Edit October 2017

Happy Diwali to all Setu readers
This October, we are celebrating Diwali, the Festival of Lights, symbolizing the return of a righteous king to his legitimate kingdom and restoration of the moral order in the universe through the re-inscription of an ethical code in public life and governance. Lord Ram in his earthly avatar stands for the dharma at various levels and is a representative figure of the quintessential human values; an ennobling embodiment of the finest principles of the Indian culture and civilization, an inspiring ideal and idol for his followers worldwide. The very enactment and witnessing of the folk theatre called Rama Lila can be uplifting experience for the lay audiences anywhere, both as a collective and individual. Diwali is the climax to a long and painful narrative---embedded in popular imagination and psyche of a nation--- of his sudden and unexpected exile, banishment, abduction of a pious spouse and the ultimate triumph over an arrogant evil king and his formidable military, with the help of a ragtag army of forest creatures and animals, in a battle that continues to resonate across the changing landscapes of the globe, across time-space continnum.

In order to reclaim that ethical space in public domain where the digital fake is the real real for the folks willing to be gullible voyeurs, Setu requested some prominent writers to send us their lyrical take on this most famous fest, often dubbed and wrongly so by the myopic media, as the Hindu fest in America and elsewhere. 

The Diwali Special showcases these literary responses from USA, Mauritius, Egypt and India. Please do savour these poems about customs and traditions explaining an ancient civilization for a post-industrial mass audience, mores that anchor the country in a sacred heritage links that to the cynical present lacking all top ideals except a shared global obsession for consumption, entertainment and hedonistic pleasures and sensations. 

Noted author AtreyaSarma Uppaluri provides an incisive analysis of the same in his well-argued critical essay commissioned for this section.

Another innovative feature this time is the Debut column that highlights a collegian writer for the patrons. The collegiate poetry is welcome in future also, provided it is well-crafted and image-driven.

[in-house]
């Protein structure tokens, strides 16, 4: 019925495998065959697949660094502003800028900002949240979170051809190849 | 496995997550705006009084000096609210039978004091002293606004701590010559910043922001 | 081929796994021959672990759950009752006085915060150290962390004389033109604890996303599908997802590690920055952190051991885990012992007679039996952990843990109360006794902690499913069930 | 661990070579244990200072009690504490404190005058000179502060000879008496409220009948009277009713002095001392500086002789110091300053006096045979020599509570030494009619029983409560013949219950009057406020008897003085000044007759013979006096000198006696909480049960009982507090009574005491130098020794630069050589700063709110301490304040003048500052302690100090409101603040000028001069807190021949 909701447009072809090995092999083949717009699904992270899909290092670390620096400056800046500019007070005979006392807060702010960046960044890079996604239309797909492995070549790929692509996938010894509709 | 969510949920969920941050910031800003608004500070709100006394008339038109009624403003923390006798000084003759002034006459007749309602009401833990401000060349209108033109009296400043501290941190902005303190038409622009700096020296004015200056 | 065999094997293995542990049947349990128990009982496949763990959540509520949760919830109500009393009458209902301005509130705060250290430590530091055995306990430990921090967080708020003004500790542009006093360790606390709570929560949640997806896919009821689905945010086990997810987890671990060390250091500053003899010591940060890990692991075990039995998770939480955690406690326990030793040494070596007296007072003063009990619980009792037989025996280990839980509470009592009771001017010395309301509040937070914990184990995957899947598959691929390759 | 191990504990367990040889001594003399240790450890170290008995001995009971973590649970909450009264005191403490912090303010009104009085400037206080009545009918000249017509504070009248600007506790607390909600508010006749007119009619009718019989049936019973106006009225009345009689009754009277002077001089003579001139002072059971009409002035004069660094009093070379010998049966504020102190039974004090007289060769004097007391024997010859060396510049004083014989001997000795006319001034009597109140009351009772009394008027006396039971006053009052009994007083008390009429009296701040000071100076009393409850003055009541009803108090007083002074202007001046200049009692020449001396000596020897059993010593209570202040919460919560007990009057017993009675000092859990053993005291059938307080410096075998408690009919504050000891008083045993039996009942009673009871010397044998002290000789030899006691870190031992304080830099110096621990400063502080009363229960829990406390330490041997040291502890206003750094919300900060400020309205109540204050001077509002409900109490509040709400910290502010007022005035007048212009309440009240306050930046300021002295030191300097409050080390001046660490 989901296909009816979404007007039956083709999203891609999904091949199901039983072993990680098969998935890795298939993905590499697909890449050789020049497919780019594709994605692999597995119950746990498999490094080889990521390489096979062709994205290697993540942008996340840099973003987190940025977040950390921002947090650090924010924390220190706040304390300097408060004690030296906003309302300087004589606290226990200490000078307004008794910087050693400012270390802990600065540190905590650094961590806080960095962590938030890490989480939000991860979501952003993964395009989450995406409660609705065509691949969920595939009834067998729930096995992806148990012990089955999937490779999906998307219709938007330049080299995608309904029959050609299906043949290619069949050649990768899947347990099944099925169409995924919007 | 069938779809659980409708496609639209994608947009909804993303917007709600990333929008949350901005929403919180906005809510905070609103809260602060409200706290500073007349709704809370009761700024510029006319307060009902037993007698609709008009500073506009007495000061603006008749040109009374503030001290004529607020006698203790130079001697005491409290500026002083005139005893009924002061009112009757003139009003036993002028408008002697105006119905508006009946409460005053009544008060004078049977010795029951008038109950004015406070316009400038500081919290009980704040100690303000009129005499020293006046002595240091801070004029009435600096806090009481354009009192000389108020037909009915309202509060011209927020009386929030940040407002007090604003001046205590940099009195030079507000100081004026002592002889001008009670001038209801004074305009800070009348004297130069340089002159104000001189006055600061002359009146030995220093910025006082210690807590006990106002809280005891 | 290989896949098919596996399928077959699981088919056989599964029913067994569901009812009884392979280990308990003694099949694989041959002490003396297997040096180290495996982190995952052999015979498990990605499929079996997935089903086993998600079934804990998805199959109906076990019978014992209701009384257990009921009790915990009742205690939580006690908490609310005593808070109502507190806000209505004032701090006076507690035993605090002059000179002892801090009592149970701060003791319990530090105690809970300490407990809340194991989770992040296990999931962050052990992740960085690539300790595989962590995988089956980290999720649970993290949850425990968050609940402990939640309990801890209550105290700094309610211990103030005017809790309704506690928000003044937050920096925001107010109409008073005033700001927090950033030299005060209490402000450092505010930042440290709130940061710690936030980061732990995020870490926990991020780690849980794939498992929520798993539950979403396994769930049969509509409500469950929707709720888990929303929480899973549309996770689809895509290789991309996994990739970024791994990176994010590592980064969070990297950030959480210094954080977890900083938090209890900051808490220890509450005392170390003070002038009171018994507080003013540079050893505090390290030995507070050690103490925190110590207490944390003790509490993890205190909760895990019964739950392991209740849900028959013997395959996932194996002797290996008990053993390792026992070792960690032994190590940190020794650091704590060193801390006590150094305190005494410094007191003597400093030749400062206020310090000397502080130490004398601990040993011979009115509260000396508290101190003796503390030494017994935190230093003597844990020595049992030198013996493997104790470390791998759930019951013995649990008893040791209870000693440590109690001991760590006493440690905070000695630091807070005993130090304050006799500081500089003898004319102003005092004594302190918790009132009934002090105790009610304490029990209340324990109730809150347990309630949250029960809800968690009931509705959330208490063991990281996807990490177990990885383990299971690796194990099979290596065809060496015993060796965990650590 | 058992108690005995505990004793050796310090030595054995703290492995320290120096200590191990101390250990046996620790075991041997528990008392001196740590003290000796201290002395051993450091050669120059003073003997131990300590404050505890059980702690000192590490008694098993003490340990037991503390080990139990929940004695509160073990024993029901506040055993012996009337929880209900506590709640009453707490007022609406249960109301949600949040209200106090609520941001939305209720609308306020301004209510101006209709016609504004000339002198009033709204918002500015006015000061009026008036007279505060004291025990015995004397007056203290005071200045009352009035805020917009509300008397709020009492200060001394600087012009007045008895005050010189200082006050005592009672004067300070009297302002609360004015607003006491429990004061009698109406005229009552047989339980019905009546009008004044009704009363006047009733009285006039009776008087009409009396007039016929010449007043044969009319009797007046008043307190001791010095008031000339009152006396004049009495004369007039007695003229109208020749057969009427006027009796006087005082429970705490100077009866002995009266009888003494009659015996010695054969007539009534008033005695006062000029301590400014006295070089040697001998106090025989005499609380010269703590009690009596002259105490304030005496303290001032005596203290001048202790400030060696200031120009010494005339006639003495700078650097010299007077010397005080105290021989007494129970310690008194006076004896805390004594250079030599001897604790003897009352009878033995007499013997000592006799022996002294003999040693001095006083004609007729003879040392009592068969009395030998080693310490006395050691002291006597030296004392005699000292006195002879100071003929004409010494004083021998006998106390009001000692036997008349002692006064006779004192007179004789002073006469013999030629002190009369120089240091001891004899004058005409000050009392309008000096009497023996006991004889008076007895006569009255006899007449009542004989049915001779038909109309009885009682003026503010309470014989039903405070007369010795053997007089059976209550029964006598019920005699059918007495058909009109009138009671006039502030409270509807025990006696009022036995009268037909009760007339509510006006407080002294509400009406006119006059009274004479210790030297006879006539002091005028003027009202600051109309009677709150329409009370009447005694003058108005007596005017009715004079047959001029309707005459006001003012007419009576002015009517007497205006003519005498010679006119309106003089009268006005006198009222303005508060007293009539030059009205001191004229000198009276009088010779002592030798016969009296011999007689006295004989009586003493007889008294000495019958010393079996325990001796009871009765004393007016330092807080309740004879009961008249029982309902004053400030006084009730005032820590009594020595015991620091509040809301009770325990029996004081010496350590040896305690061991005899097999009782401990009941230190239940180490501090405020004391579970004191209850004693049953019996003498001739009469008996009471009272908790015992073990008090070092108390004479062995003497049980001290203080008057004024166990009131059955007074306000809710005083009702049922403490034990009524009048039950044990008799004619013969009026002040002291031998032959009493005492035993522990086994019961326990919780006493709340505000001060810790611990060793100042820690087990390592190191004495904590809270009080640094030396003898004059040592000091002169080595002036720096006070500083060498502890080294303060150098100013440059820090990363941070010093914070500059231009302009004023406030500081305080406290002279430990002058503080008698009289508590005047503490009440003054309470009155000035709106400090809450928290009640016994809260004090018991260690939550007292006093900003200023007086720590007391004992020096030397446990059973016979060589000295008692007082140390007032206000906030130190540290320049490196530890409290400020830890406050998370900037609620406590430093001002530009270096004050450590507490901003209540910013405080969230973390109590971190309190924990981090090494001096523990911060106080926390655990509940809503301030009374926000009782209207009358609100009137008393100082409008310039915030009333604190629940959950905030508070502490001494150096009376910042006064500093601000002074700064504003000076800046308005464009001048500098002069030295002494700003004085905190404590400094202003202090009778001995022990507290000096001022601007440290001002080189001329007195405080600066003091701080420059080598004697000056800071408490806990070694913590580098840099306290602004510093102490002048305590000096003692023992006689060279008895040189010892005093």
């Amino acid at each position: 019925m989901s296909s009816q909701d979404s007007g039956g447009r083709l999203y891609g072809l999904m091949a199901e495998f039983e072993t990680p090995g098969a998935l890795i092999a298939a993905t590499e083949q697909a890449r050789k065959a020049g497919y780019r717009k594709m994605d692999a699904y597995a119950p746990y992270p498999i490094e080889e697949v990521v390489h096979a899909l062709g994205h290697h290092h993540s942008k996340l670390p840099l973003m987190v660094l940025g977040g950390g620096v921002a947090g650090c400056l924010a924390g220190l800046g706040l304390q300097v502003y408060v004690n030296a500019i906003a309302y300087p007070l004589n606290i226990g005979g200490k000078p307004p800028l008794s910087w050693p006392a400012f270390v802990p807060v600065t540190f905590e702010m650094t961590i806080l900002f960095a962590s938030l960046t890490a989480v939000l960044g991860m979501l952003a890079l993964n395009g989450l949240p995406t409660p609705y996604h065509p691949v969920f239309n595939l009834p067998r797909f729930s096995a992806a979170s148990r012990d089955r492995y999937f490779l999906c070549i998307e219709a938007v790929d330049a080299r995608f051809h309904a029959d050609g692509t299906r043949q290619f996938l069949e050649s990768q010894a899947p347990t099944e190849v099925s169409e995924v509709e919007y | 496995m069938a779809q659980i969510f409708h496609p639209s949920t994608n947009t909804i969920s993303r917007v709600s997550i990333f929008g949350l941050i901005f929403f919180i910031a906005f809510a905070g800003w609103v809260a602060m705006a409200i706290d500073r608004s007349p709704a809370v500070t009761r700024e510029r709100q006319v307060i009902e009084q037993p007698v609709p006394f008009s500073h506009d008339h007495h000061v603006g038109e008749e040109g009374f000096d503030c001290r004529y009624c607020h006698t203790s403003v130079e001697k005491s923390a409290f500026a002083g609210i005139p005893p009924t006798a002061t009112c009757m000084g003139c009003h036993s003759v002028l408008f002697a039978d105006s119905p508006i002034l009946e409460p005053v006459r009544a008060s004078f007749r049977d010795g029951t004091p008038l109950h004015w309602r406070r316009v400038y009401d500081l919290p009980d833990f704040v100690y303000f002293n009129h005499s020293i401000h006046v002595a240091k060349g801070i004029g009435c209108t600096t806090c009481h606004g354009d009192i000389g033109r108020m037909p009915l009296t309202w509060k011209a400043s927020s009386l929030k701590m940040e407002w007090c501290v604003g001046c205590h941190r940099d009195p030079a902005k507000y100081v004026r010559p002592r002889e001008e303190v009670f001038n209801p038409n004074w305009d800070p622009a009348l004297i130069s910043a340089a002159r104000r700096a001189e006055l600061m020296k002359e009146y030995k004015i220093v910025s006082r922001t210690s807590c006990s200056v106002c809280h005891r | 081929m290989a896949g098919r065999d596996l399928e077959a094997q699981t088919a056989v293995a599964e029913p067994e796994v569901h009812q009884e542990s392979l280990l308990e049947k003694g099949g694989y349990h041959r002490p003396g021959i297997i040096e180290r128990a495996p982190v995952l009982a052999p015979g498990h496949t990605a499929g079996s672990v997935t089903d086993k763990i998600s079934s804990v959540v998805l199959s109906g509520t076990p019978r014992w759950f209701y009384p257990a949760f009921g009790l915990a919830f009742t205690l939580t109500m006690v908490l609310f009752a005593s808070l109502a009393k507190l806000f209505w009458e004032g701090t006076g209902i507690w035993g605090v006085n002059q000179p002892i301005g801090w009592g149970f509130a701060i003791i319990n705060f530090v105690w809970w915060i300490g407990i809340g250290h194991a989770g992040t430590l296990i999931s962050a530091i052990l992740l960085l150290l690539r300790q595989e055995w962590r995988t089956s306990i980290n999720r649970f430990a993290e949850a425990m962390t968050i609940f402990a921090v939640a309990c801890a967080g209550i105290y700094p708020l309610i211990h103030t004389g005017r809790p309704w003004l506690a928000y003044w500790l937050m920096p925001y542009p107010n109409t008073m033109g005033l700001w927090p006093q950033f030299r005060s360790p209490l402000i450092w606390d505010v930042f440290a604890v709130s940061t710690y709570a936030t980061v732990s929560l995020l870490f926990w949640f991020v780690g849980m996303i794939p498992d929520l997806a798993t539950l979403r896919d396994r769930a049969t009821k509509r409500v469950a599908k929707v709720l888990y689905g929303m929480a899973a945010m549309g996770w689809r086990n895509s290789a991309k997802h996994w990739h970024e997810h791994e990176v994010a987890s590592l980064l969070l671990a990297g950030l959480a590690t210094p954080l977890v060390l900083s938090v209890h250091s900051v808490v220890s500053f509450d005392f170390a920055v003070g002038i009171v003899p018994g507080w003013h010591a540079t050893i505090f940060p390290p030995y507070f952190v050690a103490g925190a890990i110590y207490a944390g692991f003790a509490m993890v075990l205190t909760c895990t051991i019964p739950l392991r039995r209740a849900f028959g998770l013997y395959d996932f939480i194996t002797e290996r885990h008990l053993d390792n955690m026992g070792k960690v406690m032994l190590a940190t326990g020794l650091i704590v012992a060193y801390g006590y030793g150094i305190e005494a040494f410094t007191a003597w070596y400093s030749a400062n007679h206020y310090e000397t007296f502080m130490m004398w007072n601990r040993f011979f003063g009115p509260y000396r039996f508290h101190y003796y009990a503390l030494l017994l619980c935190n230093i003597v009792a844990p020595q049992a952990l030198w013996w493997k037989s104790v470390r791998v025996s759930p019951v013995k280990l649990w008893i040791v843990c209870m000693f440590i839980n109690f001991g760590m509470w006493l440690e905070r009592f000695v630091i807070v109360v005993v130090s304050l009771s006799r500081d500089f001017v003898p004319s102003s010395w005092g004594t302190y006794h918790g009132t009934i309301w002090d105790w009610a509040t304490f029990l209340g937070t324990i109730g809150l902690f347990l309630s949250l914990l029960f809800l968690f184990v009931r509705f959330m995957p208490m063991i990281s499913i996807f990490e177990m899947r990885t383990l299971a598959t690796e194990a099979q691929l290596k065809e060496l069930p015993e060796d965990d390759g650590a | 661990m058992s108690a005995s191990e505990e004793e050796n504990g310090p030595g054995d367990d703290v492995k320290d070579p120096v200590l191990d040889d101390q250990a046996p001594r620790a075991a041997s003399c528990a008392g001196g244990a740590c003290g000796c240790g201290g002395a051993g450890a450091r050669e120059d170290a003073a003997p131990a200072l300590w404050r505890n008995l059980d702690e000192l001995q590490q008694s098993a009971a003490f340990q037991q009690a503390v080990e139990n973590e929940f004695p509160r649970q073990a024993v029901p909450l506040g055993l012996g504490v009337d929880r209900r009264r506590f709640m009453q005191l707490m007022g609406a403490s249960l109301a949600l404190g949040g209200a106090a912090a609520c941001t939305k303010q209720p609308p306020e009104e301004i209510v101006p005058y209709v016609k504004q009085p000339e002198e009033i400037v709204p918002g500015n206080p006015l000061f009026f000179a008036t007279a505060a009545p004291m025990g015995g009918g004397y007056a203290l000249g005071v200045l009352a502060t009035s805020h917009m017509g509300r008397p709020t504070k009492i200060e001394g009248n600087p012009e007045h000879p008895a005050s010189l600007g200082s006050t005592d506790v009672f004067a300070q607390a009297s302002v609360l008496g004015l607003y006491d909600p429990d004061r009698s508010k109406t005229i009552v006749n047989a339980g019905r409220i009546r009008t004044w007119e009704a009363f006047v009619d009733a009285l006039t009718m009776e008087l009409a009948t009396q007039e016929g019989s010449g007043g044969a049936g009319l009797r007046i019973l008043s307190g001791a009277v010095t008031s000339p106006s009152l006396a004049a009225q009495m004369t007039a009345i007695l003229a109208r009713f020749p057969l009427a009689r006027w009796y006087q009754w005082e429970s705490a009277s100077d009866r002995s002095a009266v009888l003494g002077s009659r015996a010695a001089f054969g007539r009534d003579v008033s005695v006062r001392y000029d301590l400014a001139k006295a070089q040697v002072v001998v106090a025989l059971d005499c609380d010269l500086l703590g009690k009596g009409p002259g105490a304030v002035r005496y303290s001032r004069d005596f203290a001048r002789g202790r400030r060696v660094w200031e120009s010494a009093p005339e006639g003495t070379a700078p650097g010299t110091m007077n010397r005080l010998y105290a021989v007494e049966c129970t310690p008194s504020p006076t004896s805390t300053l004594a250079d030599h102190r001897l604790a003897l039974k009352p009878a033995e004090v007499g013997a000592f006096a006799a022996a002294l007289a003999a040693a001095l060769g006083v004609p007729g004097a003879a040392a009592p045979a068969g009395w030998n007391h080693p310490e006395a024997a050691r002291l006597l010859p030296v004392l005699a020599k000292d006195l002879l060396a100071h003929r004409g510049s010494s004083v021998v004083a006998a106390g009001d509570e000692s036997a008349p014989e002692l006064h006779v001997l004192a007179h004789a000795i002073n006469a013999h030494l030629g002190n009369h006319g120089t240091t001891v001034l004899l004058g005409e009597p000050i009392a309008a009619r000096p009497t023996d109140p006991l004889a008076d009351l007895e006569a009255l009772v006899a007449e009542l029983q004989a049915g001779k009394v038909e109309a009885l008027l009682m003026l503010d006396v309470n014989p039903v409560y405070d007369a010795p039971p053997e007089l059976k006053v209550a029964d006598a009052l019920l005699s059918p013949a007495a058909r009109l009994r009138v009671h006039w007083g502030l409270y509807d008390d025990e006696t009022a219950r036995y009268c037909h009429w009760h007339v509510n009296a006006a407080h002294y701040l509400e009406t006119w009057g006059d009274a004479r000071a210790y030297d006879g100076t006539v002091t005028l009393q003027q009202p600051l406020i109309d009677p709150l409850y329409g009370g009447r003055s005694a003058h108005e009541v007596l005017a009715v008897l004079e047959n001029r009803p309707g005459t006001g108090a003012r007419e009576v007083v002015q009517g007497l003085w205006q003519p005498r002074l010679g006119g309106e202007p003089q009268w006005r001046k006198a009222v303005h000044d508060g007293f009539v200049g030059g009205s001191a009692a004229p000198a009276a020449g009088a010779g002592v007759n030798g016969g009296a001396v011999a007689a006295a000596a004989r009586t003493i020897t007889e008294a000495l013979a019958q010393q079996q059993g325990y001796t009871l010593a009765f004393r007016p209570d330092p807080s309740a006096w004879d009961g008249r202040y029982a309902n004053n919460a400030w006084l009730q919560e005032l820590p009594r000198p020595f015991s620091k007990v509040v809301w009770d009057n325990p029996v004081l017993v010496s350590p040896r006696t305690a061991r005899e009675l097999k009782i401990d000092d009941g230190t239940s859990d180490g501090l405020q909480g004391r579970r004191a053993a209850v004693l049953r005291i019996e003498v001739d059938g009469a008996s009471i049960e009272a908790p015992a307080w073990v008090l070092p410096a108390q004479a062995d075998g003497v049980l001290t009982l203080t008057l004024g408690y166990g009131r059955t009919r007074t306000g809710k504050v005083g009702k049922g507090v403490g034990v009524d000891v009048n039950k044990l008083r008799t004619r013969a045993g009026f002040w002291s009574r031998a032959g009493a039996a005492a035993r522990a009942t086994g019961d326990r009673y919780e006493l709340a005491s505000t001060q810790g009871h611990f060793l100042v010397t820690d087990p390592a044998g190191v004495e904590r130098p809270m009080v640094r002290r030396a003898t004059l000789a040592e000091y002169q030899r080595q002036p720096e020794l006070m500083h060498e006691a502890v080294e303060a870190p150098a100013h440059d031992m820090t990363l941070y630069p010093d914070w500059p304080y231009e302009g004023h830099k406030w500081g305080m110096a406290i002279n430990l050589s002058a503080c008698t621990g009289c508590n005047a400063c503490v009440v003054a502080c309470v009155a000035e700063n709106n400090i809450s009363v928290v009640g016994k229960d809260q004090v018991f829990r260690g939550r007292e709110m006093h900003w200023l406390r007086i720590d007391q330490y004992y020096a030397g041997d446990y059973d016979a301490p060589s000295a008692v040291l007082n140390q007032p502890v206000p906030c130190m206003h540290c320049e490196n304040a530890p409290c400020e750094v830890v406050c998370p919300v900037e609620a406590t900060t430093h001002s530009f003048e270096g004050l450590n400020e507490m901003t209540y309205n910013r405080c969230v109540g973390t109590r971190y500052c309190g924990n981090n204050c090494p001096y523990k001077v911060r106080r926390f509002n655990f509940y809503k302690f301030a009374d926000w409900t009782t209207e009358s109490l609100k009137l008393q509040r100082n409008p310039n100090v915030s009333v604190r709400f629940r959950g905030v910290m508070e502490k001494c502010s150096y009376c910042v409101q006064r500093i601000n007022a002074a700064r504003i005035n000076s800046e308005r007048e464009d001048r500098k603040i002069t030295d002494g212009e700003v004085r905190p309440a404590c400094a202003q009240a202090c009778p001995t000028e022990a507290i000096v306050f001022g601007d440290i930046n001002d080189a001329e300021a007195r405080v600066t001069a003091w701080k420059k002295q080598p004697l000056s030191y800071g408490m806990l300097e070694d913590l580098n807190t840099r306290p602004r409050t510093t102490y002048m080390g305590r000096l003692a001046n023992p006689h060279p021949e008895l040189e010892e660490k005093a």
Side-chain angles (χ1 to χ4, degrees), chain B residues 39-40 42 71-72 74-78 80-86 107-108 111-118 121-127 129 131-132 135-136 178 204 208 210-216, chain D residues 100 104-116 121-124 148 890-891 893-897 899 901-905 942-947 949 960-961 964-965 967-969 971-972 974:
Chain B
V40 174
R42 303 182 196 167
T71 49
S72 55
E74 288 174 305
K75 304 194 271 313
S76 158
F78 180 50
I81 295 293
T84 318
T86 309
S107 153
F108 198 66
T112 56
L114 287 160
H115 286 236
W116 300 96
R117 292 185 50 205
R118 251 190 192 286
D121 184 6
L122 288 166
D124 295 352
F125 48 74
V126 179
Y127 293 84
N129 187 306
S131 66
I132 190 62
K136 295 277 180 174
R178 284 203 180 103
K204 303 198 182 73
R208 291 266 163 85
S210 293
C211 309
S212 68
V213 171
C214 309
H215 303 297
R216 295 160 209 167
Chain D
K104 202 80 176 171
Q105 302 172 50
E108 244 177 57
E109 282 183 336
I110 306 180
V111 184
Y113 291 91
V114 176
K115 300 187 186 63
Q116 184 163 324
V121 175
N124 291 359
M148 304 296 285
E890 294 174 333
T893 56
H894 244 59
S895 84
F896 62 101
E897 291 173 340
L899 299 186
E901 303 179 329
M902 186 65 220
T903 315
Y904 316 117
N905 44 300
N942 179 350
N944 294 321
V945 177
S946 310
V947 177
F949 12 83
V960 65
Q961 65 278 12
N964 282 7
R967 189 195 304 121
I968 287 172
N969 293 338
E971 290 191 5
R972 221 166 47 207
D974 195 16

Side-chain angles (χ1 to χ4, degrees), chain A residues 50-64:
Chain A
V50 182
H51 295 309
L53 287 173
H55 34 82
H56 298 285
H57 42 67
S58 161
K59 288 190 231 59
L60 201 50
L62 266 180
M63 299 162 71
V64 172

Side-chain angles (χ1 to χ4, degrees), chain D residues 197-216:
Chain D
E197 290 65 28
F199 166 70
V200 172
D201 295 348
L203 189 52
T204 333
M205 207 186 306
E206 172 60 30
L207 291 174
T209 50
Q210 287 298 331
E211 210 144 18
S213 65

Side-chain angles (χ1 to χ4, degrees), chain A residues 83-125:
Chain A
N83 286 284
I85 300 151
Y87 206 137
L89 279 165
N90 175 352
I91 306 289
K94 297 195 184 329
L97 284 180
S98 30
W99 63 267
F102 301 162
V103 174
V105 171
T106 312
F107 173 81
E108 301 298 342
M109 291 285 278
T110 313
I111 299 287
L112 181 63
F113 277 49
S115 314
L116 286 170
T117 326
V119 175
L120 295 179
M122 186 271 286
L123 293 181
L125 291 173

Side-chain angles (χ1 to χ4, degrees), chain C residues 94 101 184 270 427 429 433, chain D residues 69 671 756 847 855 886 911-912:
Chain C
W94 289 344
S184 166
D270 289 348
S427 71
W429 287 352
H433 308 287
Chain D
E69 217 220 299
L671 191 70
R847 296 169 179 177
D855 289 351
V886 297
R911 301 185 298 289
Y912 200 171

We have got a First also---the multi-lingual poetry by the noted surgeon-poet Rameshwer Singh. In a way, such an attempt challenges the linguistic hegemony of English in a globalised and multi-polar world through an assertion of the pride of other languages, dominated till today by this legacy of an imperialist centre, now made defunct by the historical forces. Languages per se are modes of communication, not sites of power struggle between competing centre and periphery. Of late, they have been made vulnerable by the culture industry aiming for superiority of a single world-view and its calibrated and controlled creative expression via the national language of such a manipulative industry. Privileging English over other languages is political in nature and aimed to consolidate the appeal of such a geo-location and cultural artifacts, as most sexy and seductive for the rest of the humanity willing to mimic such life style, most so, in corrupt and impoverished third-world countries. 

The bold multilingual experiments by Rameshwer tend to defy the imposed dominance by a neo-imperialist order and to reverse a sense of manufactured cultural inferiority fostered among the so-called natives.

Needless to say, such endeavors are also welcome in coming months.

Then there is Goya as read by Selwyn Rodda, a regular columnist from Melbourne, Australia. Selwyn is single-handedly trying to spread art literacy--- through his frequent FB posts on happening artists and their accessible works as critiques of the system--- among the New Millennials. He is part of the Setu campaign to re-educate a cynical market about great artists and painters and their overall commitment towards best humanist and liberal ideology of an age when bourgeoisie was revolutionary and talked of freedom, equality, fraternity, among other things radical.

Friend  Scott Thomas Outlar talks of fellow poet Michael Lee Johnson in his column and the latter's dedication to the art and commendable selflessness in promoting others in an ego-filled field. The gesture of Micheal and an apt summation by Scott can be motivating for fellow travellers and others of the tribe.

The rest of the usual features make it another memorable issue.

So, keep on reading your favouraite e-zine and do write-in to let us know your feelings, please.

Setu, English
Kalyan, Mumbai Metro Region, Maharashtra 


  1. I have hugely enjoyed reading the Edit (as I had done Atreya Sarma's write on Diwali/Deepavali) which, apart from being very well written -- coherent, lucid, convincing through logical arguments and supportive examples -- effectively places several important issues in perspective, especially the religo-cultural significance of Diwali. Besides, the Edit rightly warns us to be alert to the dangers of replacing the real Real with the hyper-real. The Post-modern society the world over urgently requires the restoration and re-valorisation of ethical values in order to save itself from hurtling into the abyss of chaos, moral confusion, and self-destruction. The function of an able Edit is to spur the reader to savour the diverse features in the issue. The present Editorial succeeds in that. I shall read the other contributions in time, particularly the fiction. Thank you, Mr. Sunil Sharma. Regards. Dr. Subhash Chandra

    1. Thanks for prefixing "re-" before valorisation. I had missed doing it. Regards. Subhash

  2. Thanks for stopping by and encouraging us in our humble efforts to be of some value.


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